Colleges and universities have traditionally been accountable to our states, accrediting organizations, and most importantly to students and parents. Post-secondary schools attempt to provide quality educational programs to students to meet a variety of needs and workforce demands.
The new federal authorization regulation trumps previous state laws and requires that a school be licensed if just one online student lives in that state. For most educational institutions that means registering with many different states with different rules and laws, regardless if only one student from that state attends an institution. Fees to register in a state can range from $1,000 to up to $40,000 per state. Because of these high costs, schools may be forced to limit student enrollment to specific states or register in all fifty states to ensure compliance. These new regulations will have the heaviest burden on smaller colleges and universities that do not have the resources to comply with this new online rule.
Several higher education institutions located in my district in Ohio will be negatively impacted by this new state authorization requirement. Ohio Christian University (OCU) is located in Pickaway County, a rural county where only 11 percent of adults have a bachelor’s degree. OCU’s program has the goal of increasing that percentage to 20 percent – a critical goal given by a recent Georgetown University study that estimated by 2018 there will be 3 million less college graduates than the market will require. OCU currently has over 1,000 students from 15 states enrolled in its online program. Another public university, Wright State University has students from over 33 states enrolled in its online program. Clark State Community College (CSCC) has an enrollment of over 5,000 students, 40 percent of whom take at least one online course during their degree. If these schools are required to be licensed in every state where a student lives, they will be forced to choose between cutting student enrollment or paying exorbitant compliance costs – both options will limit student access to higher education.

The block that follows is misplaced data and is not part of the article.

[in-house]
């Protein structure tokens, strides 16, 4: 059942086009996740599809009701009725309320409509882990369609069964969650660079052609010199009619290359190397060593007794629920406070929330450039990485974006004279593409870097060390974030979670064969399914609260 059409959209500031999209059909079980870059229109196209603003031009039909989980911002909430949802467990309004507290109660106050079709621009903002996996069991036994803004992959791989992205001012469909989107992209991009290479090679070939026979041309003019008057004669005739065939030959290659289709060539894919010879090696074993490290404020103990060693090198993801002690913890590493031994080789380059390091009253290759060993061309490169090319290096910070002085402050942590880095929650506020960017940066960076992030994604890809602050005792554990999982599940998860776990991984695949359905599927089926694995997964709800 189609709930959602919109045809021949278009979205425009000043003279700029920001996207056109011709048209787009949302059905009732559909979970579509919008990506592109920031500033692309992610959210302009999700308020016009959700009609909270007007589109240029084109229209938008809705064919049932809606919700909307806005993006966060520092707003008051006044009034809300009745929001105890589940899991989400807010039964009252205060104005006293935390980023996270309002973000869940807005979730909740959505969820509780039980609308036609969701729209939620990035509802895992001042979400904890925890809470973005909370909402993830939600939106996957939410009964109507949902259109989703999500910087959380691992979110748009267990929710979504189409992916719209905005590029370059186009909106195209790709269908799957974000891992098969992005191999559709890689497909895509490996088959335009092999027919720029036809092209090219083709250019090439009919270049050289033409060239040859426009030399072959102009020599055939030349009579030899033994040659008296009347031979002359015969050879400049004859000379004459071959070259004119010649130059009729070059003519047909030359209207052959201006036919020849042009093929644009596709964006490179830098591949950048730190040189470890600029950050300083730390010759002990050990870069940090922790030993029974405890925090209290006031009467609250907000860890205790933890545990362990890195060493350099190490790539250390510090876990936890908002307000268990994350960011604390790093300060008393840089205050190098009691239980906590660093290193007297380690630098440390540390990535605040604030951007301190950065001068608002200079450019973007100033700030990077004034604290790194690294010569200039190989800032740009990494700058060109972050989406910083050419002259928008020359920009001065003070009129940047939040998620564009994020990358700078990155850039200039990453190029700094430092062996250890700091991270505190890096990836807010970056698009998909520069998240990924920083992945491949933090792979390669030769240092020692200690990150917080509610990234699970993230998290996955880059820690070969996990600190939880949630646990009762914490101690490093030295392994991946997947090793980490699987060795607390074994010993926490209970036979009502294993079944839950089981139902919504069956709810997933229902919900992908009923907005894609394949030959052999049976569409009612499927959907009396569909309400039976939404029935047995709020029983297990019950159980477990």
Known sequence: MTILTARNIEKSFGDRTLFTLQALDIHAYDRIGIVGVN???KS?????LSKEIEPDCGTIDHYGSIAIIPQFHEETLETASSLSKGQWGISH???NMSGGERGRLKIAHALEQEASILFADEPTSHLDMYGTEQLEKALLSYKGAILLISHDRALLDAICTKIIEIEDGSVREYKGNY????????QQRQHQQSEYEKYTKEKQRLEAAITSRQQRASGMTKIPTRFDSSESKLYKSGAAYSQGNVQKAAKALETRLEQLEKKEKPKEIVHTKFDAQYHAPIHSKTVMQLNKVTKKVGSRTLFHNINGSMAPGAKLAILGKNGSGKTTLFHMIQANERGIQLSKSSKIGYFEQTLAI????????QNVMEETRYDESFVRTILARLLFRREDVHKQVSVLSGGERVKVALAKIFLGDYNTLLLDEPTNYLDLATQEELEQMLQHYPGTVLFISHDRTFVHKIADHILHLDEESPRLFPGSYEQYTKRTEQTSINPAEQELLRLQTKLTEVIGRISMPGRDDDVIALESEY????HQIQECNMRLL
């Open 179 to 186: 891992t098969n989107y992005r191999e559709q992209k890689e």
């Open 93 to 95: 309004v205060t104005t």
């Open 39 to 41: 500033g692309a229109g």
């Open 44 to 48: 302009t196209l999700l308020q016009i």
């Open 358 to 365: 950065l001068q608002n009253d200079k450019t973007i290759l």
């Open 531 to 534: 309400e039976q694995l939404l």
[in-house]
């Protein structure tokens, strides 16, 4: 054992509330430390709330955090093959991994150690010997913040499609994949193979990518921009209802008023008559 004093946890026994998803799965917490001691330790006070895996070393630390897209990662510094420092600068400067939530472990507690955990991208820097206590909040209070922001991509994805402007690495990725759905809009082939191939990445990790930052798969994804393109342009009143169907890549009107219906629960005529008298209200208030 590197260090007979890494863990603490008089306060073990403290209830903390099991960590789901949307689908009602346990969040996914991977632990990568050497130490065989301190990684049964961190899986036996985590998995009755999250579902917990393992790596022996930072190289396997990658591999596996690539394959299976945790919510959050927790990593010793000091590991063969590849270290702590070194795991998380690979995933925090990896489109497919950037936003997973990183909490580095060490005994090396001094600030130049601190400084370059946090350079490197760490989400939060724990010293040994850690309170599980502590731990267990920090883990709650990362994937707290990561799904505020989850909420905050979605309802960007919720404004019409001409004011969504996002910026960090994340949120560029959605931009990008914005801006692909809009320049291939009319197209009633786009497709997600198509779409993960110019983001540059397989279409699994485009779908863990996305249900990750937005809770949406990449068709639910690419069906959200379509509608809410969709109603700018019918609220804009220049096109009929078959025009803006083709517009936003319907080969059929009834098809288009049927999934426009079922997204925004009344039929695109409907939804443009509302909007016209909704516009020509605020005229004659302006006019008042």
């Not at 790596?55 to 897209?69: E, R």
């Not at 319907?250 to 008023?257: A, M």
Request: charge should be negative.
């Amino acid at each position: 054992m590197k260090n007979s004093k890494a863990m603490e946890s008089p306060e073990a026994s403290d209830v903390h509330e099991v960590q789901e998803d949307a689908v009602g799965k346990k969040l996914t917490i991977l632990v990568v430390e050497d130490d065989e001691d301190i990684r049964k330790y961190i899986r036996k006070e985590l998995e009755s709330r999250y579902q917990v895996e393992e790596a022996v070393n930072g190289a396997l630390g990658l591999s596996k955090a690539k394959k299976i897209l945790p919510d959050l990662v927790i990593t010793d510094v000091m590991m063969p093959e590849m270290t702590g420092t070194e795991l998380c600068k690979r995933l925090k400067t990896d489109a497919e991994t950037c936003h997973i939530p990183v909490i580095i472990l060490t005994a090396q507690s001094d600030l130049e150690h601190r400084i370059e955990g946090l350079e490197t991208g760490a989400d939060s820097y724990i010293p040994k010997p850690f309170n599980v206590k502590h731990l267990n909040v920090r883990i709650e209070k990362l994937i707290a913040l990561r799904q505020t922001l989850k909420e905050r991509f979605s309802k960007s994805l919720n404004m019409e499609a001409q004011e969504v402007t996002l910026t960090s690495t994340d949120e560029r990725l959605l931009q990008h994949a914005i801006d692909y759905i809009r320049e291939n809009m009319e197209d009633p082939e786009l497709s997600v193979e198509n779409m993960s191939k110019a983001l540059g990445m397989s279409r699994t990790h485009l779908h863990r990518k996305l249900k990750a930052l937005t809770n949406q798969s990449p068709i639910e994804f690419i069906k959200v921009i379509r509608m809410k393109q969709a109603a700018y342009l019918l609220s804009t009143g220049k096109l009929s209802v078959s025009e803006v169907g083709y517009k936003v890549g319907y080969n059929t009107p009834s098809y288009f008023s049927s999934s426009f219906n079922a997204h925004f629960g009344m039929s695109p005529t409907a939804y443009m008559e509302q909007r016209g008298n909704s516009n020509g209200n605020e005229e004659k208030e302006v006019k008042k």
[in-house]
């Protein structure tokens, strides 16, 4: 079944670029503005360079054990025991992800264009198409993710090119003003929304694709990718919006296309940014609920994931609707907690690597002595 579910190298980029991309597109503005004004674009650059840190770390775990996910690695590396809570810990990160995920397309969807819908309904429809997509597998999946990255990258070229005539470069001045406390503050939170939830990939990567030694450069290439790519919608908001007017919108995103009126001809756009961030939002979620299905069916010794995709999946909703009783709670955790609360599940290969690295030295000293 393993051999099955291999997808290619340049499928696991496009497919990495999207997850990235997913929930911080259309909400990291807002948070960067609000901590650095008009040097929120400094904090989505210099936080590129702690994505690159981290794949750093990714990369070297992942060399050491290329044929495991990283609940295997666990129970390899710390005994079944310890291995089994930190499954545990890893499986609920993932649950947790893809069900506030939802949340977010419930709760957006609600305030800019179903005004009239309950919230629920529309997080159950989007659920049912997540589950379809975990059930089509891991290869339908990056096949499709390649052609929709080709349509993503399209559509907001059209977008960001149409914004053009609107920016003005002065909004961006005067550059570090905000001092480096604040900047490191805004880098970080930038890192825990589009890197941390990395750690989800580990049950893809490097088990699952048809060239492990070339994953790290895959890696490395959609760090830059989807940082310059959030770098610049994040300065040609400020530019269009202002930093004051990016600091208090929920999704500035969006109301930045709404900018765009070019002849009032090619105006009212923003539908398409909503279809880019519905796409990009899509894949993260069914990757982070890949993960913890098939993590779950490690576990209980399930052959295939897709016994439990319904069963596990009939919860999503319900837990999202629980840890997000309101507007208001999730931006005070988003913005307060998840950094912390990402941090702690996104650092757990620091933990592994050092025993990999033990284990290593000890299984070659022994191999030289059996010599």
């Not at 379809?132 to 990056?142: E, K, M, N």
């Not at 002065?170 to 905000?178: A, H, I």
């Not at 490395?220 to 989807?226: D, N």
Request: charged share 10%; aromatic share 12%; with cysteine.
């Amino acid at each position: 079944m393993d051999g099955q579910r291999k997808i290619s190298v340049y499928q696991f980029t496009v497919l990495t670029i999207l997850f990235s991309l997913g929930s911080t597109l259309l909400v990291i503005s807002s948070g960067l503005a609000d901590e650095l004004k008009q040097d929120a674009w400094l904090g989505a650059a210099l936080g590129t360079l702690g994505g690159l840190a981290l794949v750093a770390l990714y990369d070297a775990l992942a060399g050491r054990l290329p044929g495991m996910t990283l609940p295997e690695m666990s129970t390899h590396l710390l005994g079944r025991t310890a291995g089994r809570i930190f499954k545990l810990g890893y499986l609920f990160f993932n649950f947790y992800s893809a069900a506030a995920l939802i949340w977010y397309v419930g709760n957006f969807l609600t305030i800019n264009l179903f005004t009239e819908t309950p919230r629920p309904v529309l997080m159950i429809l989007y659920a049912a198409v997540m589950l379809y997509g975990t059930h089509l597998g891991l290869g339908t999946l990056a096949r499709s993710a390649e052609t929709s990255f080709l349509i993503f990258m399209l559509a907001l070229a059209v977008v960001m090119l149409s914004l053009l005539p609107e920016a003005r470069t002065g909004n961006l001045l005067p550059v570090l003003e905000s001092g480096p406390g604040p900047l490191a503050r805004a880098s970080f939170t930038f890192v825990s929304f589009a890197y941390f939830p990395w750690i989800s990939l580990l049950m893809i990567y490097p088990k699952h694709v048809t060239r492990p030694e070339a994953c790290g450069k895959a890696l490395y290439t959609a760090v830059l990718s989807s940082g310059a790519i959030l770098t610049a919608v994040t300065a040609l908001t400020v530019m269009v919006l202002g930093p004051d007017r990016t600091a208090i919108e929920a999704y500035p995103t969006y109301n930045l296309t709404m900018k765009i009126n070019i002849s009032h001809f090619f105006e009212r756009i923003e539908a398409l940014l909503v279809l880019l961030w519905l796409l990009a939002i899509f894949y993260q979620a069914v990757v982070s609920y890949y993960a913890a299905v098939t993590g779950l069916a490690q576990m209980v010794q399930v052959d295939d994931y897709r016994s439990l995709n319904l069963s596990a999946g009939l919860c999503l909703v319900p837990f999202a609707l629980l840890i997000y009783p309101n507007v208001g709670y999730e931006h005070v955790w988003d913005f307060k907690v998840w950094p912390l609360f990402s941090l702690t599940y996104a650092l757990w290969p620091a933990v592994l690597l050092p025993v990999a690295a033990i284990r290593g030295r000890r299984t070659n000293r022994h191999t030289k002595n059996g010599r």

While the state authorization requirements pose one problem, the credit hour regulation creates another by limiting innovative and cutting edge educational programs. These programs, such as externships, training programs, and similar courses, teach students the necessary employable skills and knowledge that employers desire from future employees. The credit hour regulation creates a huge unknown for schools creating these innovative educational programs that may not necessarily be easily interpreted into a traditional credit hour. As a result, schools may be forced to end online courses due to the uncertainty of being in full compliance with this new rule.
The credit hour regulation may also penalize adult learners who return later in life to earn their degree. The new credit hour definition will prohibit prior learning credit hours, which could be a significant hindrance for older students, and further reduce the number of college graduates.
Acknowledging that older students often have other skills and real life experiences that form a strong foundation for their education, several schools offer limited credit hours for prior learning. Both OCU and CSCC offer these prior learning credit hours, with the main goal of incentivizing older students to return to school and earn their degree.
While we must ensure accountability and that schools that have acted in bad faith are dealt with accordingly, the credit hour and state licensing regulations seem to be an overreaction with vast consequences for many smaller schools that are acting responsibly. Recent legislation, H.R. 2117, removed these bureaucratic barriers to higher education. We must promote an educational system that increases access to higher education with graduates who are ready and able to meet the stringent needs of employers.